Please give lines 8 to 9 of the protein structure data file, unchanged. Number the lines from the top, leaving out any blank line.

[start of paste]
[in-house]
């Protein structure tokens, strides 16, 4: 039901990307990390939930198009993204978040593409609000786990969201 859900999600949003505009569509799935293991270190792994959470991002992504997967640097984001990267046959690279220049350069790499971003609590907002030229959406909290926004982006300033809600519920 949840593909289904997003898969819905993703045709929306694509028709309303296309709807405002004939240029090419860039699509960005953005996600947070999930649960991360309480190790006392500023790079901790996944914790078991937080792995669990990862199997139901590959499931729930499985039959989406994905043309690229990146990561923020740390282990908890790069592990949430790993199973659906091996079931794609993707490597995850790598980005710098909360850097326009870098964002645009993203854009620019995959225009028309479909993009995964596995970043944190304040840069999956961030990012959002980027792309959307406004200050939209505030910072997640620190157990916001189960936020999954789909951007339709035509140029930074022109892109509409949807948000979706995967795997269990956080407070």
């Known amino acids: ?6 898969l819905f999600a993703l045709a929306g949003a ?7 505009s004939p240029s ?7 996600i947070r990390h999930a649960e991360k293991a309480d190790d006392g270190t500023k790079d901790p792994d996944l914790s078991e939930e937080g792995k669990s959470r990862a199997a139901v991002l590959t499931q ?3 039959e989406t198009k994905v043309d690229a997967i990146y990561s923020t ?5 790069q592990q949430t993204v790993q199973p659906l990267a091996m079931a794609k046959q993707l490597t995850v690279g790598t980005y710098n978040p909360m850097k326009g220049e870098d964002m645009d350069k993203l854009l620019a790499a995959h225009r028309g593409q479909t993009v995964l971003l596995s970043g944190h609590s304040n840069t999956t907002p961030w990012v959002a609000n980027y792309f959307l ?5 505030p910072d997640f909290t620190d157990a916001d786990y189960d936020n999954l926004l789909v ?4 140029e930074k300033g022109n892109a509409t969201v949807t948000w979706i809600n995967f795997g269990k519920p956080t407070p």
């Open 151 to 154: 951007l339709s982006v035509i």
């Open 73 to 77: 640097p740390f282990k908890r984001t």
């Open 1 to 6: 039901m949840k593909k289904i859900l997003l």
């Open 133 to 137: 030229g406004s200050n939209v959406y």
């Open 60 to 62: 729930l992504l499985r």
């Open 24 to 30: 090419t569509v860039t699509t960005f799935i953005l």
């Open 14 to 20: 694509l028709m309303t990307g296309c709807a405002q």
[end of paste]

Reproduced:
């Open 60 to 62: 729930l992504l499985r």
């Open 24 to 30: 090419t569509v860039t699509t960005f799935i953005l």